The regeneration of this pre-Colombian Amazonian technology will offer a simple, appropriate and economically accessible alternative to slash and burn agriculture and to the very high rate of deforestation in this region as well as a high rate of greenhouse gases production.
Education and Sustainability
SCBR is collaborating with the Local Education Board in Lamas to implement a pilot program of teaching Ecological Literacy through the creation of chacra-huertos in schools. We have created chacra-huertos in three native community schools as well as in five High Schools in towns in the province of Lamas. Abby Corbett, who has spent two years at SCBR working on the chacra-huerto project and who is currently in a Masters program on Sustainability and Education at Prescott College, AZ, co-directs this project with F. Apffel-Marglin.
This project is being directed by Barbara Rodrigues Marcos and Royner Sangama Sangama. They write as well as produce booklets in Quechua following the model of Sarita Cartonera in Lima. Those desk-top booklets are the first publications in the local variant of Quechua, spoken by the Kichwa-Lamistas. They are distributed to bi-lingual teachers, to native communities and to whomever shows interest. The Quechua is being edited by Genaro Quintero Bendezú, MA (Quechua and Linguistics) of the Ministry of Education in Lima.
On August 18, 2011 the first Qinti Qartunira booklet was presented by Felipe Cachique Amasifuen at the Congress of the World's Indigenous Peoples and Education in Cusco, Peru. On September 2nd, 2011 this first publication was presented at Sachamama Center and distributed to bi-lingual teachers. In 2013 one written in Quechua by Barbara Rodrigues Marcos was published by the Lima publisher Pasacalle.
This project is part of the international project “Cultural Agents” directed by Professor Doris Summer of the Romance Languages Department at Harvard University; She translates “Cartonera” as : “Pre-Text”. The word 'cartonera' derives from the book covers that are made with recycled carton. www.culturalagents.org/int/partners/kinti.html
Qinti Qartunira has its own web-site:
Note: Qinti in Quechua is the hummingbird, which in the Qichwa worldview is the messenger of the spirits and when it is spotted outside of the house, is the harbinger of good news for the family.
THE SACHAMAMA CENTER AND HOSPEDAJE LA SANGAPILLA
The program’s home base during the May program is Sachamama Center for Biocultural Regeneration, a non-profit organization whose mission is to teach, research and publish about the regeneration of cloud forest, local healing traditions, the Quechua language, Kichwa culture, and ancient, sustainable, organic farming practices. The center has two acres of wooded land and is located at the southern edge of the colonial town of Lamas, which is itself situated on a high ridge of the northern tropical foothills of the Peruvian Andes.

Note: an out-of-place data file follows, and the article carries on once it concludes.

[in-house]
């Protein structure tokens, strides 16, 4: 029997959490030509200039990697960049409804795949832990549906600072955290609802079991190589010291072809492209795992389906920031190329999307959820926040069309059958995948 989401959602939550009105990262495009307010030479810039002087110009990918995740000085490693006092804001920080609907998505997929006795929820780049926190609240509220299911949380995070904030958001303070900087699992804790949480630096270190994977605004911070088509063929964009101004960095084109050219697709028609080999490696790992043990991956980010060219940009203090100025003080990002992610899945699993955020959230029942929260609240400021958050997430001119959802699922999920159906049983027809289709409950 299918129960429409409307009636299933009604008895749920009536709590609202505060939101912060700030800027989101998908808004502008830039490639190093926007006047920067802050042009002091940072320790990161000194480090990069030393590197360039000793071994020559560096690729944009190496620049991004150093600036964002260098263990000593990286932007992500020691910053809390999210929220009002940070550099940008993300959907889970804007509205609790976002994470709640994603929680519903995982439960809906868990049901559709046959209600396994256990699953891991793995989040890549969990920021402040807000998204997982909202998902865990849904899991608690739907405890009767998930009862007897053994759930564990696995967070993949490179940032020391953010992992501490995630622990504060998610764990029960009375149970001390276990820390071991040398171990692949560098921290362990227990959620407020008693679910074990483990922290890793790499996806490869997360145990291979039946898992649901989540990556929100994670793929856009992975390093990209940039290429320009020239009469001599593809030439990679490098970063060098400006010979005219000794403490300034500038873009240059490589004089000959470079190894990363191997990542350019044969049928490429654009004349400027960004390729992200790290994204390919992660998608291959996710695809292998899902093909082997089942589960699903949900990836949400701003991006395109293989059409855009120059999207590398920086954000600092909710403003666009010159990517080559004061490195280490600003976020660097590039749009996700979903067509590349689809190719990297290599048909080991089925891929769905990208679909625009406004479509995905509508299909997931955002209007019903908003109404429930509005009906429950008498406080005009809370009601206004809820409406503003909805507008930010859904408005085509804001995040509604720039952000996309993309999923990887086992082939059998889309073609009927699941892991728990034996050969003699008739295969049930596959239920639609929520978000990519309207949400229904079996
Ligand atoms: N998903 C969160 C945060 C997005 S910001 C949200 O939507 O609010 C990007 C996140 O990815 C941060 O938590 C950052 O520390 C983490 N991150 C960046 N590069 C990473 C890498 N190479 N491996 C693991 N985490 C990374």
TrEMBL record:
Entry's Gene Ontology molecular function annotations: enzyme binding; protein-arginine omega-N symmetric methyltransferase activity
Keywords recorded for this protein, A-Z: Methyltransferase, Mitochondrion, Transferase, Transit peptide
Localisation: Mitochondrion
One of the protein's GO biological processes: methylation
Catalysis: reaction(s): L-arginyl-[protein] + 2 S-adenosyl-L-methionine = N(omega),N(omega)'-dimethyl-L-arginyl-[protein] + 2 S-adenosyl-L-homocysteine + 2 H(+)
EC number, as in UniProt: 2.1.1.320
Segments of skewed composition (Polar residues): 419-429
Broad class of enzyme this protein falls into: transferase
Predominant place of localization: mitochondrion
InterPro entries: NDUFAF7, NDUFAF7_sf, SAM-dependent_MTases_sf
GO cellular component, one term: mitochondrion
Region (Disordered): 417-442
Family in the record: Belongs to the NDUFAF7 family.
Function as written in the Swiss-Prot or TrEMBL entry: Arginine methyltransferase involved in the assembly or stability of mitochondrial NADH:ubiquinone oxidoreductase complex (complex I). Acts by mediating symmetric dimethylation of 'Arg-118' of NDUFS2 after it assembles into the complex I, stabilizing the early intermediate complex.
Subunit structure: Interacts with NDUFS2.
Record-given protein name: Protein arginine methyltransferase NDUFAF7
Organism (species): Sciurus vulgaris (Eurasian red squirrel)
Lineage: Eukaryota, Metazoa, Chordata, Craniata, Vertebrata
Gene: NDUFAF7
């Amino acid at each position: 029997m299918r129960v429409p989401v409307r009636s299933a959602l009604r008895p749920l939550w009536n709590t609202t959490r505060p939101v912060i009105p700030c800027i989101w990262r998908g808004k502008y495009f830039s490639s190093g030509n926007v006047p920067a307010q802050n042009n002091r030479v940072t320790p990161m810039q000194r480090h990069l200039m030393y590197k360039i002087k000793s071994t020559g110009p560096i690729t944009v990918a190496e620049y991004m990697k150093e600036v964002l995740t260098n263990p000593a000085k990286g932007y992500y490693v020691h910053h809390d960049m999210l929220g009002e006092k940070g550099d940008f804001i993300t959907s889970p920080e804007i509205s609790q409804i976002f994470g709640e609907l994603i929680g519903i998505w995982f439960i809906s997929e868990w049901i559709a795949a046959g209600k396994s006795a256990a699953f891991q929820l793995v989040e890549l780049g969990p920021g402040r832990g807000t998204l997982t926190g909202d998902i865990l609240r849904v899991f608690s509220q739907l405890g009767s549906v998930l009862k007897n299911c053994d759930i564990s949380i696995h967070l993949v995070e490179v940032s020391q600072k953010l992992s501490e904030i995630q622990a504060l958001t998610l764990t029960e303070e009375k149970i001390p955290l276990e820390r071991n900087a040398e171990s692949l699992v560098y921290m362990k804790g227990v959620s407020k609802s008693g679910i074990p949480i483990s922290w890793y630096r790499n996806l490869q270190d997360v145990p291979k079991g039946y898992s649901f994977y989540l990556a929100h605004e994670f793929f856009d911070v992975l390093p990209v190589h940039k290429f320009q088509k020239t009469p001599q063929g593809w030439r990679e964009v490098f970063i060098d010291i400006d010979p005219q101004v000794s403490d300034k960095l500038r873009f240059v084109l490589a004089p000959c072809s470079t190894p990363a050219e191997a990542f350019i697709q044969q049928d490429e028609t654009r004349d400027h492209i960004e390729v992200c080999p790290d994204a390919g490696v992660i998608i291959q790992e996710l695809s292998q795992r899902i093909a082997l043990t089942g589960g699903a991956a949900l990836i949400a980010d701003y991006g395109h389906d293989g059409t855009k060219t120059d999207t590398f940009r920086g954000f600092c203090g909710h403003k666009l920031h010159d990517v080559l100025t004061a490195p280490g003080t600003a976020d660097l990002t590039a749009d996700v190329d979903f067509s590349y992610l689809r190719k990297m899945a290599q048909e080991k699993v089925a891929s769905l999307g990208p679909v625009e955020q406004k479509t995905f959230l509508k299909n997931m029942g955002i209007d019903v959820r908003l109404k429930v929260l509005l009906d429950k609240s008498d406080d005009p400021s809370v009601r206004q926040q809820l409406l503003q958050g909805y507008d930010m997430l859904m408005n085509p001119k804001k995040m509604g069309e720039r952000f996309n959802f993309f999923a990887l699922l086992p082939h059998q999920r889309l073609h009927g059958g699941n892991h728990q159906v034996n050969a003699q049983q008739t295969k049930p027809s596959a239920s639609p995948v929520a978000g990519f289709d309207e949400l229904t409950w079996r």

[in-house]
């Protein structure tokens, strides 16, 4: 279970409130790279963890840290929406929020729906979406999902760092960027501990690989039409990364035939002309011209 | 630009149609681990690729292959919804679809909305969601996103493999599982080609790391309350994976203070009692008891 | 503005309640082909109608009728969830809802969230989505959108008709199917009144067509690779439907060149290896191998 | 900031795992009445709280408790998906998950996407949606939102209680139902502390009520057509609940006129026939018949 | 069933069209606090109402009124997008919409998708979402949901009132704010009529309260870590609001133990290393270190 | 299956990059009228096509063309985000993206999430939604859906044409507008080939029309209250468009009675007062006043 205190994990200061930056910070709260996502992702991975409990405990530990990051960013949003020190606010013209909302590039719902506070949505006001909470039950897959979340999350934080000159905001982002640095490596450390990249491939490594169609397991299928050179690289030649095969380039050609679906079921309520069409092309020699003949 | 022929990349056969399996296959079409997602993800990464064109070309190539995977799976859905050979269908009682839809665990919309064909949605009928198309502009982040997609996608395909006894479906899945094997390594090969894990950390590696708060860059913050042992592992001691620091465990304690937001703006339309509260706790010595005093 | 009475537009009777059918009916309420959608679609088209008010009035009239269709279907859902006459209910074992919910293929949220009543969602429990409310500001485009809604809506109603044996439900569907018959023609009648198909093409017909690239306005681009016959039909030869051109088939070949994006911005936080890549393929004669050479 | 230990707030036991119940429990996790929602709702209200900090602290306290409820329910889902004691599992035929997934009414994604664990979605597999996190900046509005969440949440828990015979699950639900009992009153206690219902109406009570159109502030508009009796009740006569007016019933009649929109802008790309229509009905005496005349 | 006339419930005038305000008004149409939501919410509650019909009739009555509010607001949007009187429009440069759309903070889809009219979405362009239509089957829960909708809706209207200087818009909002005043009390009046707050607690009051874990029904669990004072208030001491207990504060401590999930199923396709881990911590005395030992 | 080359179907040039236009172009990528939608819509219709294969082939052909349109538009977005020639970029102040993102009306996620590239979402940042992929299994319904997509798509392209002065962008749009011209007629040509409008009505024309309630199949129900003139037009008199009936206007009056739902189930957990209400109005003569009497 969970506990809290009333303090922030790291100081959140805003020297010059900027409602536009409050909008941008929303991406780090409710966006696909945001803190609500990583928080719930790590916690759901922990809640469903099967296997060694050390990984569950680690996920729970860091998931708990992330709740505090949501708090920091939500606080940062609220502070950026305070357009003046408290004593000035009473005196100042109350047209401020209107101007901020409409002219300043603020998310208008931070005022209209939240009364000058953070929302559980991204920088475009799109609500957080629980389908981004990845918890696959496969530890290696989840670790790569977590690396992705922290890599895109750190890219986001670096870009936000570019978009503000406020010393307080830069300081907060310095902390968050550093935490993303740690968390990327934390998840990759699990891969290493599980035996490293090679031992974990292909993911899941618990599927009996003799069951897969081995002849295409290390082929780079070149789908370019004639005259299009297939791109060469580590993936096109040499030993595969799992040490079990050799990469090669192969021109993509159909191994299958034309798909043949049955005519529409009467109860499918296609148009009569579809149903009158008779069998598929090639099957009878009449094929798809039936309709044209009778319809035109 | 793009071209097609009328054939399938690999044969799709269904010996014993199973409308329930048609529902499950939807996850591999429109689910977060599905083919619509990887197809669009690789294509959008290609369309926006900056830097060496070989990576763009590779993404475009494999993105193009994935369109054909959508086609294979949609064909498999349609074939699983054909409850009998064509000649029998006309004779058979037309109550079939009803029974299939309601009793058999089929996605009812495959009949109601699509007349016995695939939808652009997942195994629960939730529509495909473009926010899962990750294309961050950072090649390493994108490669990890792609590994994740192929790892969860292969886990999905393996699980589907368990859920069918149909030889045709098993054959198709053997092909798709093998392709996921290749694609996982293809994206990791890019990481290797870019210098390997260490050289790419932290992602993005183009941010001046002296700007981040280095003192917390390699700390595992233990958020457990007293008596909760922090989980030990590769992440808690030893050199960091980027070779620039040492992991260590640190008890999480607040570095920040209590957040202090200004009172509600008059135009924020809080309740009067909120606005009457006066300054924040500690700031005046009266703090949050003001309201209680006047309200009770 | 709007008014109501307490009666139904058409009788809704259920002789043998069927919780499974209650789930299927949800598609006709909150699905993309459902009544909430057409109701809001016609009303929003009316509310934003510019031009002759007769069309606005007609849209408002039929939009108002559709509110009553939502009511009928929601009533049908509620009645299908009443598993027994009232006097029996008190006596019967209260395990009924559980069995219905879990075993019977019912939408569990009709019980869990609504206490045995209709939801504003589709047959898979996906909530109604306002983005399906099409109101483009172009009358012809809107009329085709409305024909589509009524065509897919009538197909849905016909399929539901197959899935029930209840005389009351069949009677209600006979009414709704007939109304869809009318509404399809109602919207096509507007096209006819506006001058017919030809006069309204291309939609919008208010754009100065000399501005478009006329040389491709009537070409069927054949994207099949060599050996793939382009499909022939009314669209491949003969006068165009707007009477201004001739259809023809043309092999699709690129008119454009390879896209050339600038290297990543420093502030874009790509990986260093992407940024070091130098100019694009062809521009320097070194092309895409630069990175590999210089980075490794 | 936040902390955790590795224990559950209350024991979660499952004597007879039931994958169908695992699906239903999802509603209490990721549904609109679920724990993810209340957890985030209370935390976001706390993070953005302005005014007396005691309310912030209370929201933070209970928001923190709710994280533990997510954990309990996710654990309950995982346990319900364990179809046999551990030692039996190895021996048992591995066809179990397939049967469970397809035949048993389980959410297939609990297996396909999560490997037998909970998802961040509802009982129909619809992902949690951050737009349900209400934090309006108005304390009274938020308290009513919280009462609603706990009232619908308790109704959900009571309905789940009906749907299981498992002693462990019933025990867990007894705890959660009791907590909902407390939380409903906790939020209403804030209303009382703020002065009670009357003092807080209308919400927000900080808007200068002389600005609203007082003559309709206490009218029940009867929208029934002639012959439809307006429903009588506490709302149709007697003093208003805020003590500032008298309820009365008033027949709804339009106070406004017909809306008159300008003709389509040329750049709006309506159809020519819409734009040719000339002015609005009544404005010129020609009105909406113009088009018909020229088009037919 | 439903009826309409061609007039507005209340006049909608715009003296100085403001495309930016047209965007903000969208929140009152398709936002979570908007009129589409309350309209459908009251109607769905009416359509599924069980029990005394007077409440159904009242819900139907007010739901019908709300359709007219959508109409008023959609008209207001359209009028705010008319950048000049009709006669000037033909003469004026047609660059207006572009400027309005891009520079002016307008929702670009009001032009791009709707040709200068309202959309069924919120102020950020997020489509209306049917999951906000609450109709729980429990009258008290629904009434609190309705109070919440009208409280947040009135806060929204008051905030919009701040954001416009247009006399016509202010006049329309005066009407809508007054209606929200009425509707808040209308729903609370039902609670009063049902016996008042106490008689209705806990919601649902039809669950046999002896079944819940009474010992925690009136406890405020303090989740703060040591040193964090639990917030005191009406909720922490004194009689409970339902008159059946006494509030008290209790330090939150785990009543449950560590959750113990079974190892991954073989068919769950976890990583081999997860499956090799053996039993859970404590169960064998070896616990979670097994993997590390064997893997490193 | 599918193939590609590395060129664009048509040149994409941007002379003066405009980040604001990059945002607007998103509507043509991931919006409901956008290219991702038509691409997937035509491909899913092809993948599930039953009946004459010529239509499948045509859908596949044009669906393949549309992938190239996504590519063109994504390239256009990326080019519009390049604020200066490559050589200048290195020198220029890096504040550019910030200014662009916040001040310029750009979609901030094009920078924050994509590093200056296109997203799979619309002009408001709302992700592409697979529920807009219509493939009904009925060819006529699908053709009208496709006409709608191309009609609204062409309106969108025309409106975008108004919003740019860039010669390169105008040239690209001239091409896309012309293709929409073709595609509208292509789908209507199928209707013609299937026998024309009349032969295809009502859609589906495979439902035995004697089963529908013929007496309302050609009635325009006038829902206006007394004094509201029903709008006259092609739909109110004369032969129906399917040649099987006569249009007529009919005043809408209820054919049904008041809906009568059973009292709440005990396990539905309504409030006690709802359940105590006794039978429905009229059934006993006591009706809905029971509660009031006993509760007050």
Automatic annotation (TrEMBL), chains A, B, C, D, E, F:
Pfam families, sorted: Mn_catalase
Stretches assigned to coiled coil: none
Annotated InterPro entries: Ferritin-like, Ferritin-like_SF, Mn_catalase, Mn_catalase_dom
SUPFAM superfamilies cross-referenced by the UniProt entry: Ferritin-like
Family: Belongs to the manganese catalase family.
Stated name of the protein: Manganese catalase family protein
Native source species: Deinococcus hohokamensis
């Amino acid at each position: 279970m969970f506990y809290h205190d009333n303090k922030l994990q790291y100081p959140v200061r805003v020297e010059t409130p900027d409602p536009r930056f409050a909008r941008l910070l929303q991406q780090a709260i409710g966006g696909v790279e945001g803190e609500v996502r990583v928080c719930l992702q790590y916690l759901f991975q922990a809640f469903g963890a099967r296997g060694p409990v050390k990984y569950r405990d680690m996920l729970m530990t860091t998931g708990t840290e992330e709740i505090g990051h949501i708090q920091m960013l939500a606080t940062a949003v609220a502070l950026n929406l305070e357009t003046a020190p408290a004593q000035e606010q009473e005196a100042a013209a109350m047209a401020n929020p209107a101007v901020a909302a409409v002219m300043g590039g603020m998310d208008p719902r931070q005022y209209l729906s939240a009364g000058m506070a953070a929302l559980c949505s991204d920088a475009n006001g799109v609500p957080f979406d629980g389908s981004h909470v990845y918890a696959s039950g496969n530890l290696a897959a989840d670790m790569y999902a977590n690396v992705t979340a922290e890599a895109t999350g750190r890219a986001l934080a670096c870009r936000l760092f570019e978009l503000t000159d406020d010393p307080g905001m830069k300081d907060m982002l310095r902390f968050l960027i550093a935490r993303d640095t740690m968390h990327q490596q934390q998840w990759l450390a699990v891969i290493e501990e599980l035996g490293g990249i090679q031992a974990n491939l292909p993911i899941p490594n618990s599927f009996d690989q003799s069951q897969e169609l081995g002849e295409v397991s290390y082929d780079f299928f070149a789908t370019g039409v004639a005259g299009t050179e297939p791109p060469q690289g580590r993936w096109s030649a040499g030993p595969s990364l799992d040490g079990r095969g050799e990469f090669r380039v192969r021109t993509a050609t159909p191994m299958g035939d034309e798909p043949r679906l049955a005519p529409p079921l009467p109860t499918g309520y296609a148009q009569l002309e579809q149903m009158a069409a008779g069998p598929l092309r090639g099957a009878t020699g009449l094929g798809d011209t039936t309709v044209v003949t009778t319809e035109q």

There are four buildings on the Sachamama premises that have been leased to Profesora Ida Gonzalez Flores, who runs the place as a hostel, called Hospedaje La Sangapilla, when the buildings are not being used by students and researchers. Hospedaje La Sangapilla can accommodate 30 students quite comfortably in a combination of private rooms and hostel-like dormitories. Dr. Frédérique Apffel-Marglin, emeritus professor of anthropology at Smith College, founded the Center in 2009. Since 2009 numerous university courses and programs have been held at Sachamama, including programs from the University of Massachusetts and the University of British Columbia.
Frédérique Apffel-Marglin, PhD is Professor Emerita, Dpt. of Anthropology at Smith College and Distinguished Visiting Professor, College of the Environment, Wesleyan University (2013-14). She founded SCBR in the Peruvian High Amazon in 2009 which she directs.
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SCBR is situated in the Peruvian High Amazon town of Lamas in the department of San Martín, a half hour by car from the airport of the city of Tarapoto. Tarapoto to the North East of Lima is served by three airlines: Lan, Star Peru, and Peruvian Airlines. There are several flights daily from and to Lima. The flight is about one hour and is direct. If you contact us before hand we can arrange to come and pick you up.
Our snail mail address in the field station in Peru is: Asociacion Centro Sachamama, Jr. Manco Capac No. 689; Barrio Suchiche; Lamas; Dpto. de San Martín; Perú.
In the US it is: Sachamama Center for BioCultural Regeneration (SCBR) 36 A Dana St. Cambridge, MA 01238, USA.
Tel. in Lamas, Peru: (51 42) 54 30 04; Randy Chung: 957 810 470
Tel. in the US: (617) 547 8070 or (617) 800 3840.
President: Frédérique Apffel-Marglin E-mail: firstname.lastname@example.org
Administrator: Randy Chung Gonzales E-mail: email@example.com